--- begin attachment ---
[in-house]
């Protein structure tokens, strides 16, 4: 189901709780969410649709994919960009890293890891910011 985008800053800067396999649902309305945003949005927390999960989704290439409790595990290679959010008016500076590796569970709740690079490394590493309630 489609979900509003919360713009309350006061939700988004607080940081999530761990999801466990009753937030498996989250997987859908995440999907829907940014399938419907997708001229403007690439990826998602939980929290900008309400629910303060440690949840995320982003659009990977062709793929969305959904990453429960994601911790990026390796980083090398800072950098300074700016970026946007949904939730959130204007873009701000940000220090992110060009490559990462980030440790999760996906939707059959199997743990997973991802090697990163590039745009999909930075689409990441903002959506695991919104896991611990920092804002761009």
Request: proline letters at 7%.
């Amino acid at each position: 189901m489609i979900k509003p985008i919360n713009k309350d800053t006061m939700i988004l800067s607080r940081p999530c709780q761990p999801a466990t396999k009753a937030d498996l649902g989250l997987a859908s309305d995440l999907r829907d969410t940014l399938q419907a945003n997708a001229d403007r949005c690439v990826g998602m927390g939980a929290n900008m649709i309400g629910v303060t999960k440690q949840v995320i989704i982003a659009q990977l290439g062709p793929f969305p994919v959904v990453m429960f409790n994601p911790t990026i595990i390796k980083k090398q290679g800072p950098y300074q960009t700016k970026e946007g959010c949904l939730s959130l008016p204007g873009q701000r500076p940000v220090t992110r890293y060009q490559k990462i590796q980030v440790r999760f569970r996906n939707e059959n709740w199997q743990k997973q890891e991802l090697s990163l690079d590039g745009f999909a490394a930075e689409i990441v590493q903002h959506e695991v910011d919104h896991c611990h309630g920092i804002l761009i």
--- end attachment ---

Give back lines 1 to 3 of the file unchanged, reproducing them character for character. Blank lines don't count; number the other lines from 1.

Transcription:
[in-house]
């Protein structure tokens, strides 16, 4: 189901709780969410649709994919960009890293890891910011 985008800053800067396999649902309305945003949005927390999960989704290439409790595990290679959010008016500076590796569970709740690079490394590493309630 489609979900509003919360713009309350006061939700988004607080940081999530761990999801466990009753937030498996989250997987859908995440999907829907940014399938419907997708001229403007690439990826998602939980929290900008309400629910303060440690949840995320982003659009990977062709793929969305959904990453429960994601911790990026390796980083090398800072950098300074700016970026946007949904939730959130204007873009701000940000220090992110060009490559990462980030440790999760996906939707059959199997743990997973991802090697990163590039745009999909930075689409990441903002959506695991919104896991611990920092804002761009």
Request: proline letters at 7%.